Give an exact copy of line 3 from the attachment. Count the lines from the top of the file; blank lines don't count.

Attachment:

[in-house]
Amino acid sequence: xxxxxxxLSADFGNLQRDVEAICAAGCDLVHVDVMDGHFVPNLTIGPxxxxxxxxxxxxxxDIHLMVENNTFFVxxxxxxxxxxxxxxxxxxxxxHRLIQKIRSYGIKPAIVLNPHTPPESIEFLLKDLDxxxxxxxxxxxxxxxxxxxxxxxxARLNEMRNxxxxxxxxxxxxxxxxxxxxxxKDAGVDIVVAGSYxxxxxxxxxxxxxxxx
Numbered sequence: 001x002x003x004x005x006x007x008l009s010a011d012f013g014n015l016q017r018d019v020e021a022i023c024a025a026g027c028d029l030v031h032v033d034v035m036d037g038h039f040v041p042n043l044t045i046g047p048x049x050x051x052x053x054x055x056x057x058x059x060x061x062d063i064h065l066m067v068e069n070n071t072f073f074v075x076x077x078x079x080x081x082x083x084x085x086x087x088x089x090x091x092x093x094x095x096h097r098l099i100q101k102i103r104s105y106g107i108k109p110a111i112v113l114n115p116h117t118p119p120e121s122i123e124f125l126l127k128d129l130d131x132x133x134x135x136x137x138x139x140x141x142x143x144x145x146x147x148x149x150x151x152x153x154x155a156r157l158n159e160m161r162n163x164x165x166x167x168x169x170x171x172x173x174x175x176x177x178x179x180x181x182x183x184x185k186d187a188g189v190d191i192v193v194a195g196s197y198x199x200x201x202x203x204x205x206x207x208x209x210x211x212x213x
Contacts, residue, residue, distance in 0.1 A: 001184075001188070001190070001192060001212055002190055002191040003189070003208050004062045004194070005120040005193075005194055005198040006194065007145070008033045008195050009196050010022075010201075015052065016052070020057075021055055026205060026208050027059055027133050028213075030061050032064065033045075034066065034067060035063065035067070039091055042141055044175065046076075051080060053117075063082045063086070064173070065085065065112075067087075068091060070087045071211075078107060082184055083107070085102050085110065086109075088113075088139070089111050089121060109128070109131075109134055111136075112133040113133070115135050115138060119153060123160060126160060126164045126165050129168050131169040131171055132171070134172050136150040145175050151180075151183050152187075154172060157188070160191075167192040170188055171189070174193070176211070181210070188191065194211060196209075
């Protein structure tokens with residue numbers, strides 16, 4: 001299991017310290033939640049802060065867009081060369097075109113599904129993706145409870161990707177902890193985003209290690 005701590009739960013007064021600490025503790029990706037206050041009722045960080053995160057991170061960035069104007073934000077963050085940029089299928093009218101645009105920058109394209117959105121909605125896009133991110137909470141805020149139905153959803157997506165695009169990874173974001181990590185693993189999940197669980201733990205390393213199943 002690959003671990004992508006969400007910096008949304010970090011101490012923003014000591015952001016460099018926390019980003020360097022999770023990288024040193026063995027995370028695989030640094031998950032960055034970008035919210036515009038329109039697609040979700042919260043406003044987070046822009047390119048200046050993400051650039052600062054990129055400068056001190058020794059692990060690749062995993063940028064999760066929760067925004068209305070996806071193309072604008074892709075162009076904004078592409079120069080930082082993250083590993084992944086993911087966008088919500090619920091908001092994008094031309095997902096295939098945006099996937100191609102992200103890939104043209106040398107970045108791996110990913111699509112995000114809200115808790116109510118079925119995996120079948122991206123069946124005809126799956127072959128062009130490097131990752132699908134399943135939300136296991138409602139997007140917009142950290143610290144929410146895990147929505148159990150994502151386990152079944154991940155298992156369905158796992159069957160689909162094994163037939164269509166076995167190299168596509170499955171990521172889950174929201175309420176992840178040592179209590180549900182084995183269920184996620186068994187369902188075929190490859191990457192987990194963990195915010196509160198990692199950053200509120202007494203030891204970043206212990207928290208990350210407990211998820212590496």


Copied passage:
Numbered sequence: 001x002x003x004x005x006x007x008l009s010a011d012f013g014n015l016q017r018d019v020e021a022i023c024a025a026g027c028d029l030v031h032v033d034v035m036d037g038h039f040v041p042n043l044t045i046g047p048x049x050x051x052x053x054x055x056x057x058x059x060x061x062d063i064h065l066m067v068e069n070n071t072f073f074v075x076x077x078x079x080x081x082x083x084x085x086x087x088x089x090x091x092x093x094x095x096h097r098l099i100q101k102i103r104s105y106g107i108k109p110a111i112v113l114n115p116h117t118p119p120e121s122i123e124f125l126l127k128d129l130d131x132x133x134x135x136x137x138x139x140x141x142x143x144x145x146x147x148x149x150x151x152x153x154x155a156r157l158n159e160m161r162n163x164x165x166x167x168x169x170x171x172x173x174x175x176x177x178x179x180x181x182x183x184x185k186d187a188g189v190d191i192v193v194a195g196s197y198x199x200x201x202x203x204x205x206x207x208x209x210x211x212x213x